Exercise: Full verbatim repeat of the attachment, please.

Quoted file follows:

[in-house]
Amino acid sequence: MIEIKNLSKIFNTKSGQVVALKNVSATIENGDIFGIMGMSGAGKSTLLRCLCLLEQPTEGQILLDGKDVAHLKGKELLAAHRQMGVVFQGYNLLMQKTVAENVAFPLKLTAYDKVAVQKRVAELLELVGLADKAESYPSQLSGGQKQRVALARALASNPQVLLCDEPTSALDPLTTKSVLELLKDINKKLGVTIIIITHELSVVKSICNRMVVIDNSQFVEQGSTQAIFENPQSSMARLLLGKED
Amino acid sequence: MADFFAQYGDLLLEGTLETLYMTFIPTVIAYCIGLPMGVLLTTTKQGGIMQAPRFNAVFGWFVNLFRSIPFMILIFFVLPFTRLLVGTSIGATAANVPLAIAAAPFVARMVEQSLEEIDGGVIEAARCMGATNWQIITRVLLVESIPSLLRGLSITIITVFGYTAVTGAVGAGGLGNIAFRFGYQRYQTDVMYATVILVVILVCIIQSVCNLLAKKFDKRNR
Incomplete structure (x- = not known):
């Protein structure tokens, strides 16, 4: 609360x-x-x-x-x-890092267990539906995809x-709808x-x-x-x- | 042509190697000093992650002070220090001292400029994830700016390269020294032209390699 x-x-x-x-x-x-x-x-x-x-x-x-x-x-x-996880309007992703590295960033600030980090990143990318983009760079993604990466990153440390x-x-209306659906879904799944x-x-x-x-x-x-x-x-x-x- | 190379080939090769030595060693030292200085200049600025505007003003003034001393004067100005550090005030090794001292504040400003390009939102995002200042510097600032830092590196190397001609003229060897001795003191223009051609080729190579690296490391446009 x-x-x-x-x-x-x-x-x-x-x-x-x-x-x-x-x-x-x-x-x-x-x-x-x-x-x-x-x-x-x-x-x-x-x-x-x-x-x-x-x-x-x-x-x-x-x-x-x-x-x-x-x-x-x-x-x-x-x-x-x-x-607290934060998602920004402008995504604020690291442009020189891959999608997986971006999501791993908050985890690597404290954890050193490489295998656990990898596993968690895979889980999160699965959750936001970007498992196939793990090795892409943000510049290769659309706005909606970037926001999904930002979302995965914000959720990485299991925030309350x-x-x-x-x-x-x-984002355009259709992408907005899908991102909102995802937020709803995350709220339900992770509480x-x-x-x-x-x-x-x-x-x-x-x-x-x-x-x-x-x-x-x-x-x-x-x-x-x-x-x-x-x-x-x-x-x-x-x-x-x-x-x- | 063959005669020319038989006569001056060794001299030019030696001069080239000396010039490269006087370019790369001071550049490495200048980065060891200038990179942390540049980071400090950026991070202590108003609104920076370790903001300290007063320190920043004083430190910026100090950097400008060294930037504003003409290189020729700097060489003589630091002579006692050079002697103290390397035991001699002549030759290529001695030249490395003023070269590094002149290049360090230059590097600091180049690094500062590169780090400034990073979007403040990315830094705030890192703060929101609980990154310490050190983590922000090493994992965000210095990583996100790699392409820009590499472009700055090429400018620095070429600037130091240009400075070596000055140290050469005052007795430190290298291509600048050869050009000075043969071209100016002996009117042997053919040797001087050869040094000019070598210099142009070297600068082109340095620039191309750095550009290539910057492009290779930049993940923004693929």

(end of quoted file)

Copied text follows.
[in-house]
Amino acid sequence: MIEIKNLSKIFNTKSGQVVALKNVSATIENGDIFGIMGMSGAGKSTLLRCLCLLEQPTEGQILLDGKDVAHLKGKELLAAHRQMGVVFQGYNLLMQKTVAENVAFPLKLTAYDKVAVQKRVAELLELVGLADKAESYPSQLSGGQKQRVALARALASNPQVLLCDEPTSALDPLTTKSVLELLKDINKKLGVTIIIITHELSVVKSICNRMVVIDNSQFVEQGSTQAIFENPQSSMARLLLGKED
Amino acid sequence: MADFFAQYGDLLLEGTLETLYMTFIPTVIAYCIGLPMGVLLTTTKQGGIMQAPRFNAVFGWFVNLFRSIPFMILIFFVLPFTRLLVGTSIGATAANVPLAIAAAPFVARMVEQSLEEIDGGVIEAARCMGATNWQIITRVLLVESIPSLLRGLSITIITVFGYTAVTGAVGAGGLGNIAFRFGYQRYQTDVMYATVILVVILVCIIQSVCNLLAKKFDKRNR
Incomplete structure (x- = not known):
């Protein structure tokens, strides 16, 4: 609360x-x-x-x-x-890092267990539906995809x-709808x-x-x-x- | 042509190697000093992650002070220090001292400029994830700016390269020294032209390699 x-x-x-x-x-x-x-x-x-x-x-x-x-x-x-996880309007992703590295960033600030980090990143990318983009760079993604990466990153440390x-x-209306659906879904799944x-x-x-x-x-x-x-x-x-x- | 190379080939090769030595060693030292200085200049600025505007003003003034001393004067100005550090005030090794001292504040400003390009939102995002200042510097600032830092590196190397001609003229060897001795003191223009051609080729190579690296490391446009 x-x-x-x-x-x-x-x-x-x-x-x-x-x-x-x-x-x-x-x-x-x-x-x-x-x-x-x-x-x-x-x-x-x-x-x-x-x-x-x-x-x-x-x-x-x-x-x-x-x-x-x-x-x-x-x-x-x-x-x-x-x-607290934060998602920004402008995504604020690291442009020189891959999608997986971006999501791993908050985890690597404290954890050193490489295998656990990898596993968690895979889980999160699965959750936001970007498992196939793990090795892409943000510049290769659309706005909606970037926001999904930002979302995965914000959720990485299991925030309350x-x-x-x-x-x-x-984002355009259709992408907005899908991102909102995802937020709803995350709220339900992770509480x-x-x-x-x-x-x-x-x-x-x-x-x-x-x-x-x-x-x-x-x-x-x-x-x-x-x-x-x-x-x-x-x-x-x-x-x-x-x-x- | 063959005669020319038989006569001056060794001299030019030696001069080239000396010039490269006087370019790369001071550049490495200048980065060891200038990179942390540049980071400090950026991070202590108003609104920076370790903001300290007063320190920043004083430190910026100090950097400008060294930037504003003409290189020729700097060489003589630091002579006692050079002697103290390397035991001699002549030759290529001695030249490395003023070269590094002149290049360090230059590097600091180049690094500062590169780090400034990073979007403040990315830094705030890192703060929101609980990154310490050190983590922000090493994992965000210095990583996100790699392409820009590499472009700055090429400018620095070429600037130091240009400075070596000055140290050469005052007795430190290298291509600048050869050009000075043969071209100016002996009117042997053919040797001087050869040094000019070598210099142009070297600068082109340095620039191309750095550009290539910057492009290779930049993940923004693929």